Here's a possible approach that goes backwards, where we define the tubular neighborhood first and the normal bundle second.

Let $M$ be a Finsler manifold and $S \subset M$ a smooth submanifold. Given any $x \in M$, we can define the distance $d(x,S)$ from $x$ to $S$ to be the shortest length of curves from $x$ to $S$. We'll call a curve segment $S$-minimizing if one endpoint lies in $S$ and the length of the curve equals the distance from the other endpoint to $S$.

Then one can define a tubular neighborhood of $S$ of radius $r$ to be the set of all possible endpoints of $S$-minimizing geodesics. However, this is simply the set of all points within distance $r$ from $S$.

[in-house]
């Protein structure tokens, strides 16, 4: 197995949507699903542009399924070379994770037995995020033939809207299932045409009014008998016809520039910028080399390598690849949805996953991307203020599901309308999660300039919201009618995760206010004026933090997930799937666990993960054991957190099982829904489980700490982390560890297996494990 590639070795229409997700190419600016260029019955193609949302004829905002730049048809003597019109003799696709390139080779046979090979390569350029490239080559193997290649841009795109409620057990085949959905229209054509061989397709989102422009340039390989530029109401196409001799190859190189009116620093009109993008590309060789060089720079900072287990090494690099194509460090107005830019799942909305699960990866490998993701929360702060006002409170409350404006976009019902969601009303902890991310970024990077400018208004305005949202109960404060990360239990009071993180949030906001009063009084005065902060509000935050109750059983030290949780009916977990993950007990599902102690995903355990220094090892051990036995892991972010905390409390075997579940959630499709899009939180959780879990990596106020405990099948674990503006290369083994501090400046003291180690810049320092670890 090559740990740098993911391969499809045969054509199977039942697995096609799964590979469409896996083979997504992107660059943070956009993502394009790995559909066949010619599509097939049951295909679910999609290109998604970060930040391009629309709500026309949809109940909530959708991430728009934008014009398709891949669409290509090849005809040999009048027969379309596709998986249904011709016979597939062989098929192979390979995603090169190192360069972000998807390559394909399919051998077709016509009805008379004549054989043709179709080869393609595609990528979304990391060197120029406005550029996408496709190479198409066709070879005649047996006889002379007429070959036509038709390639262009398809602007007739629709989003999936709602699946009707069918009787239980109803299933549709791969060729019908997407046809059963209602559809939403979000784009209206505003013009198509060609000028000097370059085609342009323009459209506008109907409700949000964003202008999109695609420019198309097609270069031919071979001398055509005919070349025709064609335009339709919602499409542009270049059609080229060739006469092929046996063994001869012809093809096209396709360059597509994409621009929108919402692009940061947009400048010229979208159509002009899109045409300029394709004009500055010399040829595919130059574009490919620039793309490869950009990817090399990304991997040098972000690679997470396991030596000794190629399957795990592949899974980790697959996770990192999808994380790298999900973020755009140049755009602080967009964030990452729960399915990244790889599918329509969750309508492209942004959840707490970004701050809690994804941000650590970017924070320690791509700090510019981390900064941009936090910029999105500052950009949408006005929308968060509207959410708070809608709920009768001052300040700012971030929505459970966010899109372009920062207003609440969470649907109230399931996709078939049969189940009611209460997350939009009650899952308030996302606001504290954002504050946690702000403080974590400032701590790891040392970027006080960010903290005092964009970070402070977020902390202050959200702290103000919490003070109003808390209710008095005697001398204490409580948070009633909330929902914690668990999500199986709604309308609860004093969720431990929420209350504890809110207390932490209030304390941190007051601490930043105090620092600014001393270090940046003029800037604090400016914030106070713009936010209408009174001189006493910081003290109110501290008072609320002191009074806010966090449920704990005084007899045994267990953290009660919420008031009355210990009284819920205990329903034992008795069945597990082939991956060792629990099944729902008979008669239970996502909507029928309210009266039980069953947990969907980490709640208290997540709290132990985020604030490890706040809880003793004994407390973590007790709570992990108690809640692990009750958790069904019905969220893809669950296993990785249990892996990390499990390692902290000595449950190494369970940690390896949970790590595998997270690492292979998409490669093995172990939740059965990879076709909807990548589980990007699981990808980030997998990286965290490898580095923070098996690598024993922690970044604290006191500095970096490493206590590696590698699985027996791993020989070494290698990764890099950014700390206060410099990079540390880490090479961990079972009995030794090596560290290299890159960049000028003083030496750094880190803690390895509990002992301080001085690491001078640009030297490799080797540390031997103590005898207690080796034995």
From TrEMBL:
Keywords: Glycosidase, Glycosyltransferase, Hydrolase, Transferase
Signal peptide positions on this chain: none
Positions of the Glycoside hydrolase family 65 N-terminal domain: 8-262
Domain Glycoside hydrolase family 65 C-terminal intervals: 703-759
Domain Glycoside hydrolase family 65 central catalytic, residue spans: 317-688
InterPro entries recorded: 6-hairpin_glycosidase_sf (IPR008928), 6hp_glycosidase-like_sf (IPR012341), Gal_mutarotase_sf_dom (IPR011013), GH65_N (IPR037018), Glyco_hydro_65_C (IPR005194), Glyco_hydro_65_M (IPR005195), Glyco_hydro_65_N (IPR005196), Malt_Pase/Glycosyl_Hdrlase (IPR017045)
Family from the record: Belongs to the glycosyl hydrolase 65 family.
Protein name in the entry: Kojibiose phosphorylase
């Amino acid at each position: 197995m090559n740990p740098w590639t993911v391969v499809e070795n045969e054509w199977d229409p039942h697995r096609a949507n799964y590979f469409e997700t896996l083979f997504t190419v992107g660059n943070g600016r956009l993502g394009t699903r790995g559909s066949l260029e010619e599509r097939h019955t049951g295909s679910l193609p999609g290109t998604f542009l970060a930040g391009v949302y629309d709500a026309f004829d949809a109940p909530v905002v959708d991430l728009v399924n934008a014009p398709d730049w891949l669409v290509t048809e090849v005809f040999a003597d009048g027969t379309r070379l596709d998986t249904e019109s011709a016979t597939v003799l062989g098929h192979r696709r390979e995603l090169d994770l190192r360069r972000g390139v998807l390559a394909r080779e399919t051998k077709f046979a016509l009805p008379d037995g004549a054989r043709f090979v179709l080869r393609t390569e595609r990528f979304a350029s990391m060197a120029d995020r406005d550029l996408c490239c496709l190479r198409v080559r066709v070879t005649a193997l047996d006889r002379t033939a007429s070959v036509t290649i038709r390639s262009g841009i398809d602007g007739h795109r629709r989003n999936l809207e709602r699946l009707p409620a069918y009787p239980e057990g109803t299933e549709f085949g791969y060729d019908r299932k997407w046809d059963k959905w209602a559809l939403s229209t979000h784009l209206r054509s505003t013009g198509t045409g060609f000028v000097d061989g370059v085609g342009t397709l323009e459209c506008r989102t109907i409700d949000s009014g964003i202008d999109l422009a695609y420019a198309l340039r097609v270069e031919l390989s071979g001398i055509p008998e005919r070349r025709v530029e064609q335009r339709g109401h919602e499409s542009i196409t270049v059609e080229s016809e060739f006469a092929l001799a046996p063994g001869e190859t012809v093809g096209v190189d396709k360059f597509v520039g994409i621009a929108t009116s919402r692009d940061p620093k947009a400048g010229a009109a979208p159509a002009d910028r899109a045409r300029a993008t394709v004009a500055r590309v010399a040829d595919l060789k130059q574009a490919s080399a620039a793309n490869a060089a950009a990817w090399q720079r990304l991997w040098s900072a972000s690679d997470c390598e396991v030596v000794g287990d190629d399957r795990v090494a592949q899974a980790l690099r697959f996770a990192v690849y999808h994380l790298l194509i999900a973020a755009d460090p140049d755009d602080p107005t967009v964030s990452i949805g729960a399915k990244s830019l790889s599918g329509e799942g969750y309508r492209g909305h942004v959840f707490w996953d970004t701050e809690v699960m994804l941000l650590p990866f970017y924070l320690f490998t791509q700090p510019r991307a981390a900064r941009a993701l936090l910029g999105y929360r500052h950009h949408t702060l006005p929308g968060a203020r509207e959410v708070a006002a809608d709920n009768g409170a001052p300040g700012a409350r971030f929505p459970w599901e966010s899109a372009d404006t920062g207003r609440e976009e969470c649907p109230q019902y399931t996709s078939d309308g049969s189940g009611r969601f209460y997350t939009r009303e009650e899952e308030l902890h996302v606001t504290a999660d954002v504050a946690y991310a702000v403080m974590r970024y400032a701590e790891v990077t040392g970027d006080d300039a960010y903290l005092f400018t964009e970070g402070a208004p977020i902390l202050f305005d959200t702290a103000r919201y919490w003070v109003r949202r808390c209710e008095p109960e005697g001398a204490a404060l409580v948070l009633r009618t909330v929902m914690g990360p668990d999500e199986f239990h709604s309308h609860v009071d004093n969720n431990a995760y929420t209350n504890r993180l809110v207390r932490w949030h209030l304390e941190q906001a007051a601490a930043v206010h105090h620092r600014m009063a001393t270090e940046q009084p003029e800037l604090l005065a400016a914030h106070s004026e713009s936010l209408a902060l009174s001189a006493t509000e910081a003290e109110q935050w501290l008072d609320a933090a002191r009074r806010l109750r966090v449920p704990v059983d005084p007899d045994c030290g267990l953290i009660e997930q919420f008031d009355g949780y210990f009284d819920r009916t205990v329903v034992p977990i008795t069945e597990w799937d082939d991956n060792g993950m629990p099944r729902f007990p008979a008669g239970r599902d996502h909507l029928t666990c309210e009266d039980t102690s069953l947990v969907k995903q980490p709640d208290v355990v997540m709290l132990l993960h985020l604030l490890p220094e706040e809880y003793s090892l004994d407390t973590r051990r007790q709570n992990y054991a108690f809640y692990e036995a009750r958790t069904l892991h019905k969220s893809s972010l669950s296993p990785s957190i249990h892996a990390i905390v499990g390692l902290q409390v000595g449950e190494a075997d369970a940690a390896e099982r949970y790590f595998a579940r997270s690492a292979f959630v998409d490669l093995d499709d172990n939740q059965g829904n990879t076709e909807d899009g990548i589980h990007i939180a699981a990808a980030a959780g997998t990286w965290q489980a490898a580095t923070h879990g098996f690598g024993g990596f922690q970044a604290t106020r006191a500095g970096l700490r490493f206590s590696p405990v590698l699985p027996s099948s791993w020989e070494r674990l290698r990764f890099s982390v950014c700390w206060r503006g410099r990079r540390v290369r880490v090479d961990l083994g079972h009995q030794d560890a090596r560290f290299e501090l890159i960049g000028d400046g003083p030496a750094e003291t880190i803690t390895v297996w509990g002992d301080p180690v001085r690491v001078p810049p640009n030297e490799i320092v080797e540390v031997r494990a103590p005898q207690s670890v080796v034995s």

We can now define a subset $N_*S \subset T_*M$ with respect to the Finsler metric as follows: $v \in T_pM$ lies in $N_pS$ if there exists an $S$-minimizing curve starting at $p$ such that $v$ is tangent to the curve at $p$.

Using the existence and uniqueness of a geodesic with given starting point and velocity, we can define the exponential map $e: N_*S \rightarrow M$.. Moreover, this should show that $N_*S$ is in fact a vector bundle over $S$ and the exponential map defines a diffeomorphism from a neighborhood of the zero section of $N_*S$ onto a neighborhood of $S$ in $M$. In particular, given any precompact subset of $S$, there exists $r>0$ such that the exponential map is a diffeomorphism onto the tubular neighborhood of radius $r$ from its preimage.